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ST. LOUIS — A report released Monday seeks to answer whether police departments are making real progress toward racial equality or just checking a box.

The anti-bias training that comprises 1.4% of all training time for Webster Groves police officers is entirely online and costs $4.99?

File that one under checking a box, according to Karishma Furtado, a research and data catalyst for Forward Through Ferguson, a spinoff of the Ferguson Commission that produced a report in 2015 outlining a path toward racial equity in the St. Louis region following the police shooting of Michael Brown.

Furtado, along with organization co-chair Rebeccah Bennett and lead catalyst David Dwight IV, presented the group’s second report, titled “The State of Police Reform,” at the Deaconess Center for Child Well-Being.

They plan to host three town hall meetings throughout the area to discuss the report, which concluded, “St. Louis is in desperate need of effective and holistic public safety that doesn’t rely on the failed arrest-and-incarcerate model.”

The group’s report focused on three departments. Here are some of the findings:

Ferguson: A consent decree issued by the U.S. Department of Justice is a legal mandate forcing the department to change, but the “restrictive procedures” of that mandate also can slow things down. The group also noted that Ferguson has had seven police chiefs in the past five years.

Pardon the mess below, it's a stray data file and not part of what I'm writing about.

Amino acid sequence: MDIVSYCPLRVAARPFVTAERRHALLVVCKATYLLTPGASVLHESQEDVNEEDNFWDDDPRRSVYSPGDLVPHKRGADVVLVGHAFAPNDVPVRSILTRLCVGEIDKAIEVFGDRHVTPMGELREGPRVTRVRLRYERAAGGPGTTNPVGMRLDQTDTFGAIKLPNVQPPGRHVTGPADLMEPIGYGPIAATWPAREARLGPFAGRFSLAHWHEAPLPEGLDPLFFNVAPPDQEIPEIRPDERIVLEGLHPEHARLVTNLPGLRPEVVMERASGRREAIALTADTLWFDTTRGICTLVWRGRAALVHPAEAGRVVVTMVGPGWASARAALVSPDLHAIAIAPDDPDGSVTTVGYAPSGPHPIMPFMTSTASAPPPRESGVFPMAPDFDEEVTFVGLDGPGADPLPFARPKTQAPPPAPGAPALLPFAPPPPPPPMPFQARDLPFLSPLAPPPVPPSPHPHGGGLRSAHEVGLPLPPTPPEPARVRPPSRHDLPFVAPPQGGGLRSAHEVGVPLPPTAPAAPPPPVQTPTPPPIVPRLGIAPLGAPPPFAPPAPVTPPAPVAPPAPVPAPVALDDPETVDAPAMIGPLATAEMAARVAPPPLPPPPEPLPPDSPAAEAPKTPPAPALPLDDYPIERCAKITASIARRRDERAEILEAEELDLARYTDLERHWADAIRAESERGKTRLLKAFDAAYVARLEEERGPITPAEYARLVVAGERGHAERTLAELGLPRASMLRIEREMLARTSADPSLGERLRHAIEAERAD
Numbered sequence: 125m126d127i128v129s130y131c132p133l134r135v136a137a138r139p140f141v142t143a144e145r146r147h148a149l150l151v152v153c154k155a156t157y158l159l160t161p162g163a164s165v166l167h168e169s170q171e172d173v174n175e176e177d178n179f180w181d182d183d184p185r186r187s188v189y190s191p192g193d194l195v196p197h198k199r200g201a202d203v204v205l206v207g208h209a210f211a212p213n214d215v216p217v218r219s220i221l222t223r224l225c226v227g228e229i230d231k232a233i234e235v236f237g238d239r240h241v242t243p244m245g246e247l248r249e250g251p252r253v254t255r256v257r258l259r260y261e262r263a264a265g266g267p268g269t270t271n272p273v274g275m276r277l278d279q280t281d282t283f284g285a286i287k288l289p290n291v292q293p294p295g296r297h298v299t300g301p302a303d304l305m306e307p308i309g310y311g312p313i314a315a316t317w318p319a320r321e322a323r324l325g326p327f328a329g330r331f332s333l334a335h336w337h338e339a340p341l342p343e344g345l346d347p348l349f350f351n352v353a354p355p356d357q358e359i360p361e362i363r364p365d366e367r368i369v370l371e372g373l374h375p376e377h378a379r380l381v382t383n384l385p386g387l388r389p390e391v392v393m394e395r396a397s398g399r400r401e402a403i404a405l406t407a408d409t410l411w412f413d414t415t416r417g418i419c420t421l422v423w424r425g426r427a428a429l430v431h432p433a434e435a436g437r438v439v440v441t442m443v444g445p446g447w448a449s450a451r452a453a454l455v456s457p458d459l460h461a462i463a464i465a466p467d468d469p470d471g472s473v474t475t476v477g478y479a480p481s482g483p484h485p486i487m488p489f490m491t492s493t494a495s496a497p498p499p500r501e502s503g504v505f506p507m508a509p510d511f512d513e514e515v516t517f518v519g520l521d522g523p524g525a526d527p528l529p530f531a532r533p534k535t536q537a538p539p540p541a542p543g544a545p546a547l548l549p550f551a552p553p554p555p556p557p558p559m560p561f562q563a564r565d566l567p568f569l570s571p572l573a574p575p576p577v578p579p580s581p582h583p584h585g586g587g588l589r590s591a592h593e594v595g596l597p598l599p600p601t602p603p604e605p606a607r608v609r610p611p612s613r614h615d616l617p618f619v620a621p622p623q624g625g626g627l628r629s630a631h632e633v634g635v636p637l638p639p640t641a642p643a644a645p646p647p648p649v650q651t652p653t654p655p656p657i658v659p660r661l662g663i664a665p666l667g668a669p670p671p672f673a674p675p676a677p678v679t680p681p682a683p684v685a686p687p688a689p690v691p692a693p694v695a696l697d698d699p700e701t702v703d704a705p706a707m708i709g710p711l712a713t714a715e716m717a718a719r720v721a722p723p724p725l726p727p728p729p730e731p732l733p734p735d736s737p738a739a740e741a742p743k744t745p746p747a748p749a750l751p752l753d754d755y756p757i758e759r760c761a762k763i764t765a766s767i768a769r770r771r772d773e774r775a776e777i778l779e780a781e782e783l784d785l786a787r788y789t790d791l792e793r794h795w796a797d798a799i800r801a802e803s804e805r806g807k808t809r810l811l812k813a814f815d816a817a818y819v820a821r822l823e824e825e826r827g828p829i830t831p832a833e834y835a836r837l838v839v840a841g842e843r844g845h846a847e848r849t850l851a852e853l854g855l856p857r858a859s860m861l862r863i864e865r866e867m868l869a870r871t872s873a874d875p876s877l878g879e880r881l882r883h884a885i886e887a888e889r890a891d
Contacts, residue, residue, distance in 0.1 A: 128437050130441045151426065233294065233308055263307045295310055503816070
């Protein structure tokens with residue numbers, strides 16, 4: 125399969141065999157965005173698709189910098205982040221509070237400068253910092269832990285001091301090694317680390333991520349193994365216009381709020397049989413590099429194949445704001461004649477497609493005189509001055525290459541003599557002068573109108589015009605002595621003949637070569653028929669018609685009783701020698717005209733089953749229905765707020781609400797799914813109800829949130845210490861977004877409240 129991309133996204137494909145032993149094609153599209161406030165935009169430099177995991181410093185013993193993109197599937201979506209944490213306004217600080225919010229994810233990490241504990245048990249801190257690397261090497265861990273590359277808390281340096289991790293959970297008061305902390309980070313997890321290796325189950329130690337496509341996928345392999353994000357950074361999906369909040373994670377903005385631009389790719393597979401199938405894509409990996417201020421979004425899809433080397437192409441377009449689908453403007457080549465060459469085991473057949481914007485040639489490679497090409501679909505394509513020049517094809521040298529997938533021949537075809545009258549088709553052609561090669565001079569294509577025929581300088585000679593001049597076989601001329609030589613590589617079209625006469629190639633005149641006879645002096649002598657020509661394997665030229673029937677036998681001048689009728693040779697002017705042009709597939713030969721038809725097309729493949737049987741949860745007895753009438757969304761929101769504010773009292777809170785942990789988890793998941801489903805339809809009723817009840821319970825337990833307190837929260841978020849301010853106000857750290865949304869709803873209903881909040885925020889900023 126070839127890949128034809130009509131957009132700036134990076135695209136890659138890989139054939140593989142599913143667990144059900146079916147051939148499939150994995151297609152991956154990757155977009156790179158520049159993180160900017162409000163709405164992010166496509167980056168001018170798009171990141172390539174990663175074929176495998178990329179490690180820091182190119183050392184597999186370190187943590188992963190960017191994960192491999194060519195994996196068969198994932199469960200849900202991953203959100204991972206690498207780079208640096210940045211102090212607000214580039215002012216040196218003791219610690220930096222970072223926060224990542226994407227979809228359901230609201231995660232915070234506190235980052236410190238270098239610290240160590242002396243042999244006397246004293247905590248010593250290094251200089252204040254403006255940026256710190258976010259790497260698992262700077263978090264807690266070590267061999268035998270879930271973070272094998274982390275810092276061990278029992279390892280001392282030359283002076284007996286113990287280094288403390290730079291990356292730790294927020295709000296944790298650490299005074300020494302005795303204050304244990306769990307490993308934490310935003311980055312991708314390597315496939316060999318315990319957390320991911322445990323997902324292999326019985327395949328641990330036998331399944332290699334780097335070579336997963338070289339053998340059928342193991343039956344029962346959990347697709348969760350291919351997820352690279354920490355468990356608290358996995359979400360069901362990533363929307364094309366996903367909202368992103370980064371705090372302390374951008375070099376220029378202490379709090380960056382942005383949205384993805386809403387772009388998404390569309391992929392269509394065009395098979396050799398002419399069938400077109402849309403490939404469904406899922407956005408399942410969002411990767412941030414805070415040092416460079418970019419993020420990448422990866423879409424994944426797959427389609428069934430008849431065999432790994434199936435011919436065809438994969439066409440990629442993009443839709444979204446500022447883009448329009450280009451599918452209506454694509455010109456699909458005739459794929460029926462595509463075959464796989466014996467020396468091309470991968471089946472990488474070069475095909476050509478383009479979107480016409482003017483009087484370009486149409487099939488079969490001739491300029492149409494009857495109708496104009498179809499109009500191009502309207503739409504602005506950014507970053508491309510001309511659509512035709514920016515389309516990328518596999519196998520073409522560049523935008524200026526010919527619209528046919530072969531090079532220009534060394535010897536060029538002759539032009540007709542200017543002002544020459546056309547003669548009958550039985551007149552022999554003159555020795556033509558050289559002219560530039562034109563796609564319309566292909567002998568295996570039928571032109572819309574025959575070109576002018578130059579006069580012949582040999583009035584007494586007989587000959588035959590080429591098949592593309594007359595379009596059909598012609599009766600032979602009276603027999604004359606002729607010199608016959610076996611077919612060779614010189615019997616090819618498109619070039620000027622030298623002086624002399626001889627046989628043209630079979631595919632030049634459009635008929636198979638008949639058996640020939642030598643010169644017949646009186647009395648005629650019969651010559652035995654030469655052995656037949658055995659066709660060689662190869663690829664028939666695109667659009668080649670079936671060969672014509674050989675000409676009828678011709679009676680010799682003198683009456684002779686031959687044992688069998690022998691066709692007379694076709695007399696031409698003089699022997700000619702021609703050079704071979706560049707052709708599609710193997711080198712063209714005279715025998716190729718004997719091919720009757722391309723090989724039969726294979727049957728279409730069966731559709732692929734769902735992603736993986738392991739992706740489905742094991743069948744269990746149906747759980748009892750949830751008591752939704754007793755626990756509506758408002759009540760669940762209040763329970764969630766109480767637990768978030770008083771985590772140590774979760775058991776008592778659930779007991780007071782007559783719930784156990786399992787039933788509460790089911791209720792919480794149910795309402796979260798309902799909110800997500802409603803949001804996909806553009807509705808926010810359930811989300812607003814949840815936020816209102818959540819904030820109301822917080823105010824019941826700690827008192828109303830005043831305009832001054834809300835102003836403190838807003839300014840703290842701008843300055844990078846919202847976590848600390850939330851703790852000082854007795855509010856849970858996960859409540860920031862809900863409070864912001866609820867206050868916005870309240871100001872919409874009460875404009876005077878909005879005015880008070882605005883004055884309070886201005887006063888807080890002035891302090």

“Ferguson is an eye-opening example of ... extreme volatility in leadership and how that degree of upheaval can impede reform,” according to the report.

St. Louis: The size of the department leads to “particularly complex dynamics including a larger leadership structure that often precludes a strong, consistent and clear commitment to one platform,” according to the report. The department is the largest in the region, with about 1,100 commissioned officers, and it is governed by a police chief, a mayor and a public safety director, who, “if you look at their actions, are misaligned,” Furtado said.

The department also has a “nearly constant flux of legal action both spurring and slowing change,” as well as “an oftentimes oppositional police union,” according to the report.

North County Police Cooperative: The group called the department, which is based in Vinita Park, “organically” grown with “community-oriented roots.” The department formed in 2015 as several municipalities consolidated their police departments in north St. Louis County.

There have been advances in programs that help foster racial equality, but not as much progress on the department’s policies, according to the report.

Looking at the region as a whole, the group called for devoting more resources toward addressing the root causes of crime.

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